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 TIME on politics Congressional Quarterly CNN/AllPolitics CNN/AllPolitics - Storypage, with TIME and Congressional Quarterly

White House targets Starr contact with Jones lawyers

Clinton's legal defense team to meet with committee lawyers

WASHINGTON (AllPolitics, October 16) -- House Judiciary Committee lawyers will meet with White House lawyers next Wednesday afternoon to discuss the impeachment inquiry, the committee announced Friday.

The session will take place in the Judiciary Committee Rayburn building office. White House special Counsel Jim Kennedy called it "an initial meeting."

"We welcome this opportunity to have initial discussions with the committee, following their vote to proceed with an inquiry, and we are interested in hearing from the committee about its plans and procedures for going forward," Kennedy said Friday.

As the White House continues to fine tune its anti-impeachment strategy, President Bill Clinton's supporters are targeting the issue of alleged connections between the Paula Jones legal team and Independent Counsel Ken Starr.

Former Paula Jones Attorney Gil Davis says in 1994, a month before Starr was appointed independent counsel, Davis and Starr had a half dozen conversations on whether a sitting president could be sued for private conduct.


"I called to get his view on immunity, nothing else," Davis said. "And in fact, he made it clear he had no opinion or position on the merits of the facts in the Paula Jones case."

Following charges of Starr office leaks, contacts with known anti-Clinton activists and the issue of Linda Tripp working simultaneously with both Jones lawyers and Starr prosecutors, the White House sees a new political opening.

Kennedy said Thursday, "There's an overriding public interest here into whether the independent counsel was truly independent -- into whether his jurisdiction was properly sought and properly expanded and that gets to the heart of this whole investigation."

Critics say Starr should have revealed his Jones team contacts to Attorney General Janet Reno when he requested authorization to expand his Whitewater investigation to include the Monica Lewinsky matter.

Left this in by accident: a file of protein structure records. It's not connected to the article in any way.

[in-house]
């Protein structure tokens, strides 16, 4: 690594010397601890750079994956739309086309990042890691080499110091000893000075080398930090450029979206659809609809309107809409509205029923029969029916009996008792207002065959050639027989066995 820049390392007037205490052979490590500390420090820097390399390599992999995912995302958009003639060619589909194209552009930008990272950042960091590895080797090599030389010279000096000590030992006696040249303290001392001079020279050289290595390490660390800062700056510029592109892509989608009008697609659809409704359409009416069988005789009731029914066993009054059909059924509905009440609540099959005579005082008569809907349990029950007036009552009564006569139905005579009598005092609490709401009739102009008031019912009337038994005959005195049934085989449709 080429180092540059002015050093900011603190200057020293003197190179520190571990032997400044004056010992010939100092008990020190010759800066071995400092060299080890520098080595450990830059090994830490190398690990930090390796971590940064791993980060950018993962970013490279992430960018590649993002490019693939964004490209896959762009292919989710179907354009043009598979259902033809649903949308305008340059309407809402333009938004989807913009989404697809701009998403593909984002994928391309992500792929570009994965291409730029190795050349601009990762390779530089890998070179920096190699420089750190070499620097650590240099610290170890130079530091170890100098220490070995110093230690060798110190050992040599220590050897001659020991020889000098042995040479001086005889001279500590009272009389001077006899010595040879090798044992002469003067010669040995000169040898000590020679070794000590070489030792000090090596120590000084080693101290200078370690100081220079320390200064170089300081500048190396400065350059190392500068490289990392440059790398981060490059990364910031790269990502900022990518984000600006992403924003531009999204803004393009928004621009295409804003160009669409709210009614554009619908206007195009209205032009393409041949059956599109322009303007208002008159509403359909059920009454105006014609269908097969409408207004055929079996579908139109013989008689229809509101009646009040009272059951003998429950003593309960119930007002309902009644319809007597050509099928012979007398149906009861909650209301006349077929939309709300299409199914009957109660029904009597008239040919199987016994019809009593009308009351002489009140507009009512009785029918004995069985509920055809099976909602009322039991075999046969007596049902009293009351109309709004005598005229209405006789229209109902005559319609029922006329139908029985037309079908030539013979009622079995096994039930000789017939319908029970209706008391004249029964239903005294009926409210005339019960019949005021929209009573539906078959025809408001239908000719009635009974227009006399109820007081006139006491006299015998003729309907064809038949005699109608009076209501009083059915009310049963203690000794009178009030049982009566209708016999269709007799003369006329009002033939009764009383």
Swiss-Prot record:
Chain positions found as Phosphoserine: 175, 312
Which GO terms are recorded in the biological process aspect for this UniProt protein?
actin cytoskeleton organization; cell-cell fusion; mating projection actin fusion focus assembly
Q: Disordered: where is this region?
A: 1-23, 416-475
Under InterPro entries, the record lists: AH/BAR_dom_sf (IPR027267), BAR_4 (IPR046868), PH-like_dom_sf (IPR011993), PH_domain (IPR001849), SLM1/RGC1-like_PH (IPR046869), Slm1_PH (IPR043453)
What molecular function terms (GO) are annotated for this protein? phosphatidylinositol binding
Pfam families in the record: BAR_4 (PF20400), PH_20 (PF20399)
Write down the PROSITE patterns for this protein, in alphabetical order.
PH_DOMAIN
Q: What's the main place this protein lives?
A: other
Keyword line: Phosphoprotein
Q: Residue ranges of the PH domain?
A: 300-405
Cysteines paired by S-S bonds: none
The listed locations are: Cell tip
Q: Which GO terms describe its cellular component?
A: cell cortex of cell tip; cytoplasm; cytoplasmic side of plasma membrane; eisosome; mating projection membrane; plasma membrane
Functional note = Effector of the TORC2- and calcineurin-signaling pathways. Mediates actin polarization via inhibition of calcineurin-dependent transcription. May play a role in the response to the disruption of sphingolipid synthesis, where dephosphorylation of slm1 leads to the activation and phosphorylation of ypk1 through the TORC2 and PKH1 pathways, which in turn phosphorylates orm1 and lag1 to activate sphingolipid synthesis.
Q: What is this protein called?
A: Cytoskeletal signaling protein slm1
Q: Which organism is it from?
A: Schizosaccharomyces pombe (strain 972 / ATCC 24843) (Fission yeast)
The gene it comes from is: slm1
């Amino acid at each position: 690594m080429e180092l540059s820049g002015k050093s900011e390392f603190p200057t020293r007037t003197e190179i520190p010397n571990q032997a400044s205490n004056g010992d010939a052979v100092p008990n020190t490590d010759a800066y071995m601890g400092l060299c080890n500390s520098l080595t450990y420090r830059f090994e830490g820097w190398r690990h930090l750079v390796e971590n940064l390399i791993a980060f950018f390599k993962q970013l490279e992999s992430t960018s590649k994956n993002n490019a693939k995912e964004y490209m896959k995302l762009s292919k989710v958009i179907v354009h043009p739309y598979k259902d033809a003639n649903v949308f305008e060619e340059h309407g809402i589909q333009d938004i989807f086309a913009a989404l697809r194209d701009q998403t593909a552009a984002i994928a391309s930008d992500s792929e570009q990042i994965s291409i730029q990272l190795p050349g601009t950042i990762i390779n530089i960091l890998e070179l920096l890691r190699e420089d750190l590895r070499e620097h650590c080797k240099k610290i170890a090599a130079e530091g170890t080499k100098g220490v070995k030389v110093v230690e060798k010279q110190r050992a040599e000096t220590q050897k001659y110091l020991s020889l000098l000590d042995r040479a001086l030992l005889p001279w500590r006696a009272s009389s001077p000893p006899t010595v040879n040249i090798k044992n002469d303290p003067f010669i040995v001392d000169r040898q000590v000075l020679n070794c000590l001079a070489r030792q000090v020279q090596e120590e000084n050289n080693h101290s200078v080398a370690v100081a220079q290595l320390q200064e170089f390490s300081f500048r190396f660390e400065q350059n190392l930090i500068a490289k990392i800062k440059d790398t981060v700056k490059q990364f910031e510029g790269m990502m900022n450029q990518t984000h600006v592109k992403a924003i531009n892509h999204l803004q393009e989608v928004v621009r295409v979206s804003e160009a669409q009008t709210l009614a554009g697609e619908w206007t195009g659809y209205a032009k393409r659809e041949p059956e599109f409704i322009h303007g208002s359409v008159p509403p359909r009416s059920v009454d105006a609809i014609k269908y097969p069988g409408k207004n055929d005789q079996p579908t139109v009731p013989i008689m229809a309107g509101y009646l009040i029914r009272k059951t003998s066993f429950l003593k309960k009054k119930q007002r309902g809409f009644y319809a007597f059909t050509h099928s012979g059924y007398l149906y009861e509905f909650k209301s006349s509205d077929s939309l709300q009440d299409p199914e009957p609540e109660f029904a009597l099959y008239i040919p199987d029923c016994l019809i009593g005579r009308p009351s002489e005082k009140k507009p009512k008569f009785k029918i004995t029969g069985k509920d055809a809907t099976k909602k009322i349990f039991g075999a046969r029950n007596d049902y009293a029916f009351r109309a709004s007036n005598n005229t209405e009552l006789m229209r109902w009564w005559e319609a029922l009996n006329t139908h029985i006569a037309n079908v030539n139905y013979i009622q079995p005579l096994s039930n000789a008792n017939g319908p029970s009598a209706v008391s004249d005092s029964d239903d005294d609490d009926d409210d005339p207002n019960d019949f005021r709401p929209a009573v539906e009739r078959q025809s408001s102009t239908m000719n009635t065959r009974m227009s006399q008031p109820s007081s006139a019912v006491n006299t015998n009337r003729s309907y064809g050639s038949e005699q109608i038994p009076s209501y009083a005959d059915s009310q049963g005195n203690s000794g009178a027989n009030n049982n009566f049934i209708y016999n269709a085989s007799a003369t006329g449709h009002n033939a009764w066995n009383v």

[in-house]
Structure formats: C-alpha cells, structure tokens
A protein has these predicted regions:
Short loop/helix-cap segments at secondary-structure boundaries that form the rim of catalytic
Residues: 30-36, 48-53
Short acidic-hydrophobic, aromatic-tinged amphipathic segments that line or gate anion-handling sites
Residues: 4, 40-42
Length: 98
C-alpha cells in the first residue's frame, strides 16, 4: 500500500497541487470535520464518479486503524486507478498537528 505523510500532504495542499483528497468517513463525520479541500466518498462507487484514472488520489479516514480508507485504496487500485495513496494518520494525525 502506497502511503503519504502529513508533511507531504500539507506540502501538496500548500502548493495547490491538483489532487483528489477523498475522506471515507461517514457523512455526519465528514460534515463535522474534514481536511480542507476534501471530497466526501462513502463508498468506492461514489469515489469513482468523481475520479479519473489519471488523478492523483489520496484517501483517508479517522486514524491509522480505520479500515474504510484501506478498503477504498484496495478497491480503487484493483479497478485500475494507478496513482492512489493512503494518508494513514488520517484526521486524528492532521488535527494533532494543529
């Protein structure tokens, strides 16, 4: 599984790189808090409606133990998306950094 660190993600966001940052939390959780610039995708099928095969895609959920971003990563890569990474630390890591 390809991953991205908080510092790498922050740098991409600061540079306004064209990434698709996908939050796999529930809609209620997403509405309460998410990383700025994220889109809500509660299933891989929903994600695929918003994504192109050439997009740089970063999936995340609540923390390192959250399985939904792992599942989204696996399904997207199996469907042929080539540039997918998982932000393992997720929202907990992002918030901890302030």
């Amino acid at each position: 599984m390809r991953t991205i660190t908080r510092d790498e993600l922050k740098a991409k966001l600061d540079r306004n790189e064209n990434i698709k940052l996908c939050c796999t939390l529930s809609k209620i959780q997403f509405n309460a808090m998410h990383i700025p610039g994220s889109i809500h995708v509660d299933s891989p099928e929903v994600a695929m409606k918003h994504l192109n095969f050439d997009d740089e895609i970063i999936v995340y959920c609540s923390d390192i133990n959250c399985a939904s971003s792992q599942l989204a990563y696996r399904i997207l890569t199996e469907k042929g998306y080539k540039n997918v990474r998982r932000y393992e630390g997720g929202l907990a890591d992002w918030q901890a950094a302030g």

Rep. Barney Frank (D-Mass.), a member of the House Judiciary Committee, said because of the overlaps between the Jones case and Lewinsky investigation, Starr "never should have been appointed" to probe the president's relationship with the former intern.

There is a conflict of interest, Frank said, because "He's (Starr's) deeply involved" in the Jones case.

Stephen Salzburg of the George Washington University Law School said, "I believe the attorney general would not have granted him the jurisdiction over the Lewinsky matter had she been fully aware of his contacts and the number of contacts he had with the Jones lawyers."

Starr's office says, "This office did not mislead the Department of Justice regarding relevant facts relating to its jurisdiction, or any expansion thereof."

Further, it says Starr's communications with the Jones camp were long known and reported.

Sources tell CNN the Justice Department will review the issue.

Consider the new questions about Starr a preview. When the House Judiciary Committee begins presidential impeachment hearings, Democrats can be expected to forcefully argue the need to investigate the investigator.

CNN's Gene Randall contributed to this report.

Investigating the President


Friday, October 16, 1998

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